The Words of the Walsh Family
Former Prime Minister Tursunbek Chyngshev Welcomes Mother Moon in Kyrgyzstan
Thomas G Walsh
June 17, 2006
UPF Secretary General
Mother Moon arrived in Bishkek midday on June 17, a beautiful, bright, sunny day. The drive from the airport to the capital is spectacular as the flat Kazakh steppe that is so rich and fertile meets the snow-capped Tien Shan mountains that rise abruptly and fully visible on this clear day. Because of such scenery, Kyrgyzstan is called "the Switzerland of Central Asia."
Kyrgyzstan has the second largest alpine lake in the world, Issyk-Kul, situated at 1609 meters above sea level. Its 6300 square kilometers are fed by 180 rivers and streams. The ruins of a Nestorian Christian monastery date back to the tenth century. There is one 3000-year-old-city, Osh. A center of trade on the "Silk Road," Kyrgyzstan became a confluence of Buddhist, Christian and Muslim cultures.
At the airport Mother Moon and her party were welcomed by the former prime minister and hosted at the state guest house.
Visa complications hindered travel to Kazakstan and Uzbekistan, allowing time for rest and sightseeing. Hyun Jin, Jun Sook, and Yeon Jin Nim spent time looking around Bishkek. With Mother Moon, they drove into the nearby mountains that surround Bishkek, taking in the pure air and seeing the fresh, mountain streams. As they were walking up the trail, when Hyun Jin noticed a sign of weariness in Mother Moon, he carried her for a while on his back. Such a gesture of love and attendance moved everyone present.
The main event the following day was held in a beautiful opera house in the center of Bishkek. The large, grand stage was decorated beautifully for the event. A string orchestra and three vocalists performed classical Kyrgyz songs for the audience of 700 people. Former Prime Minister Tursunbek Chyngshev gave welcoming remarks. Mother Moon and Hyun Jin delivered their messages with elegance, beauty and power.
The president and first lady were traveling and could not be present, but they sent warm greetings to Mother Moon. The audience included government ministers, the vice mayor, provincial governors, scholars, and other leading figures in society.
One official approached Dr. Joon Ho Seuk, regional director for UPF-Eurasia, and spoke of being deeply moved by Father and Mother Moon's vision of peace. He expressed his belief that it offers the best hope for his nation and suggested more emphasis on educating Ambassadors for Peace and expanding that network. One woman reported that every time she sees Mother Moon, she looks younger and younger. She was impressed by Hyun Jin as a powerful young, charismatic leader bringing hope to young people.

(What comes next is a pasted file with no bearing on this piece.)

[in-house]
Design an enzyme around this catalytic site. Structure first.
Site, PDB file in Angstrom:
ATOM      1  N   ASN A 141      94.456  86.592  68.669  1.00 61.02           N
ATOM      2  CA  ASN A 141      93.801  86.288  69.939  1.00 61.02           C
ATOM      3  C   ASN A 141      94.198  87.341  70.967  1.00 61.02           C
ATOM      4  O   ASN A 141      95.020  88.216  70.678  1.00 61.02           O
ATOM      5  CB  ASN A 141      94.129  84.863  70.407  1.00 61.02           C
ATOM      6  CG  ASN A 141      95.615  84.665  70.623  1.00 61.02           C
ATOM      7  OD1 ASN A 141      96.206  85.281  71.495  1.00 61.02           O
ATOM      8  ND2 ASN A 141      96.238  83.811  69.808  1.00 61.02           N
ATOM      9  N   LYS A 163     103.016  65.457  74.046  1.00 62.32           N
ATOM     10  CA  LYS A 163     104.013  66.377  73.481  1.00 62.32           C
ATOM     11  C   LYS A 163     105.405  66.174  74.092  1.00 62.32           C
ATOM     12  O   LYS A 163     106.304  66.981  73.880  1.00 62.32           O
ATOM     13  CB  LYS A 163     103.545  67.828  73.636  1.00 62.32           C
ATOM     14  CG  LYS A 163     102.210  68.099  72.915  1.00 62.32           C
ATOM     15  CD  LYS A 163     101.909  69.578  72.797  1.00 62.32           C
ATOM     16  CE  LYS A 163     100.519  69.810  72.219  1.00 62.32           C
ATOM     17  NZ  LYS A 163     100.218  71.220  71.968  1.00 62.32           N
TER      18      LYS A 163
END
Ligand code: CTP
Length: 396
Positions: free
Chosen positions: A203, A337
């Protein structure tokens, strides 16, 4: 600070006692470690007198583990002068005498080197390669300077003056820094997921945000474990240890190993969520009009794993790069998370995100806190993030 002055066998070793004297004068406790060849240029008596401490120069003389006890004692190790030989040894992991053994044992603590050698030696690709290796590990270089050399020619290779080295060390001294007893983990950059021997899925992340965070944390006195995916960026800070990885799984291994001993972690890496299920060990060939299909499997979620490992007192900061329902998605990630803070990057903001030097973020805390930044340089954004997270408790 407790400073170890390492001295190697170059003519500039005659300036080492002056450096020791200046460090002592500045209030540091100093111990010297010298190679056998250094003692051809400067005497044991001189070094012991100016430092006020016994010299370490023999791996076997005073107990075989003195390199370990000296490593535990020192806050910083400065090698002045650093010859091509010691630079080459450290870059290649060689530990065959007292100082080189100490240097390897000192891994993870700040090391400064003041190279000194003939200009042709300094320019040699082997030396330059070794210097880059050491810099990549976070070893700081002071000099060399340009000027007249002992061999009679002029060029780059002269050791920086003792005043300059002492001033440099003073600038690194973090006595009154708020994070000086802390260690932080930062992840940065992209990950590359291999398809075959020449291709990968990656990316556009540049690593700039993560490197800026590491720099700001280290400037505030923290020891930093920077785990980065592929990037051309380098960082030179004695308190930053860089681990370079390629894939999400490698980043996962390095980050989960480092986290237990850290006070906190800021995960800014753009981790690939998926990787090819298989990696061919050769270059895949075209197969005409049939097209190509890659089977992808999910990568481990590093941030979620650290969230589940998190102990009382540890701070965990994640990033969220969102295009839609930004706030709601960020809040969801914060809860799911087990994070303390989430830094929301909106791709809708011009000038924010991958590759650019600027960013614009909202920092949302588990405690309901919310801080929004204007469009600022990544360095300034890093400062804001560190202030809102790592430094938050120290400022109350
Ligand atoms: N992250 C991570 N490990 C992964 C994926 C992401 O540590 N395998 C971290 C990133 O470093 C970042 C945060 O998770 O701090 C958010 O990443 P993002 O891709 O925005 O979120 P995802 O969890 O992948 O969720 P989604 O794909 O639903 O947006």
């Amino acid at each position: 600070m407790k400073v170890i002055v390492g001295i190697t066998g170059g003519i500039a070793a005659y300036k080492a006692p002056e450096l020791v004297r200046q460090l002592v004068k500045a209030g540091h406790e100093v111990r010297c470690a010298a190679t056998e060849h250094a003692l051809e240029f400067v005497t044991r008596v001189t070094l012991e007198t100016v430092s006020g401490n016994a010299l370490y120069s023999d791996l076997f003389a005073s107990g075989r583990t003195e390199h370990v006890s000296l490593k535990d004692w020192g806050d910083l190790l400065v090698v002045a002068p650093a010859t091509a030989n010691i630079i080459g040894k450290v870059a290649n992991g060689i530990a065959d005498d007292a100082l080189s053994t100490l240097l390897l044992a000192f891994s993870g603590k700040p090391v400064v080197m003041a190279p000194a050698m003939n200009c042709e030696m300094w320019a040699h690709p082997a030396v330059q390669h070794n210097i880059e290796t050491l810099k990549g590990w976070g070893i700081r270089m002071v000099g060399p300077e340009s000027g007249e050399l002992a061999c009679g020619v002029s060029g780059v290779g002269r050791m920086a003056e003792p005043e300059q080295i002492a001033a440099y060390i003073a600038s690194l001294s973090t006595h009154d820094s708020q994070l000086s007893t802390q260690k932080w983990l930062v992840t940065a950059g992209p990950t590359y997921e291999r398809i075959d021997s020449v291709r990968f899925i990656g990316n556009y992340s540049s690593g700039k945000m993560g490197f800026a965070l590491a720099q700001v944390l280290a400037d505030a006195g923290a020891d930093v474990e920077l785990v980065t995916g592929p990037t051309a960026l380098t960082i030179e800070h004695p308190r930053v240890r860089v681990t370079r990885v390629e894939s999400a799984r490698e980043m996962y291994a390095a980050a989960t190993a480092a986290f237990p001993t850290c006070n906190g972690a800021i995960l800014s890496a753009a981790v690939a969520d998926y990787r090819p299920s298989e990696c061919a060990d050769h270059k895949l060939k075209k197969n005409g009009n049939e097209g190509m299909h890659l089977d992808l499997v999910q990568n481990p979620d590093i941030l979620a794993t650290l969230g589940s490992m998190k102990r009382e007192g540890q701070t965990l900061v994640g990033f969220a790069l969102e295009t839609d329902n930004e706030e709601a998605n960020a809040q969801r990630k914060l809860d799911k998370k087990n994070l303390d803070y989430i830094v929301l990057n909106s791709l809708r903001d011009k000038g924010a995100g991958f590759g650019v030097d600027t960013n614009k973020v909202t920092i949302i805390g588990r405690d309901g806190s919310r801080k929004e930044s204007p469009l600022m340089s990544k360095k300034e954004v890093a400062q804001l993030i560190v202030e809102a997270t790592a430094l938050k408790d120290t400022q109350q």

The Lee family, centered on Choong Woo Lee, organized the event. Fluent in Russian, Korean and English, Choong Woo Lee is working on his doctorate in philosophy at the Kyrgyz graduate academy.His brothers Chung Hyo and Chung Kon also helped with preparations.
The next morning the groups from Kyrgyzstan, Kazakhstan, and Russia were invited to sing. Some of the Russians had traveled three days by train from Moscow to attend the event. Mother Moon asked them about their projects and gave them some seed money to expand their work. Hyun Jin spoke briefly about the opportunities at this time in history and then asked Jin Man Kwak and Dr. Tomas Walsh to accompany him in singing, "If I Can Dream."
While at the presidential residence and the opera house in this former Soviet republic, Dr. Walsh reflected on the hopes and aspirations of the Soviet era: "I found myself feeling quite sympathetic with their situation. In many ways they truly tried to create an ideal world, centered on one culture, language, with equal value for all, with workers, artists, thinkers, governors as one 'family.' It was of course wrong in its atheistic, dialectical, violent revolutionary essence. Yet, in some ways, it was akin to our own aspirations. When Father Moon was traveling in this region last year, he often contrasted atheism and materialism with theism and idealism, describing the difference between the antagonistic dialectic of Marxism and the unifying methodology of the Divine Principle."
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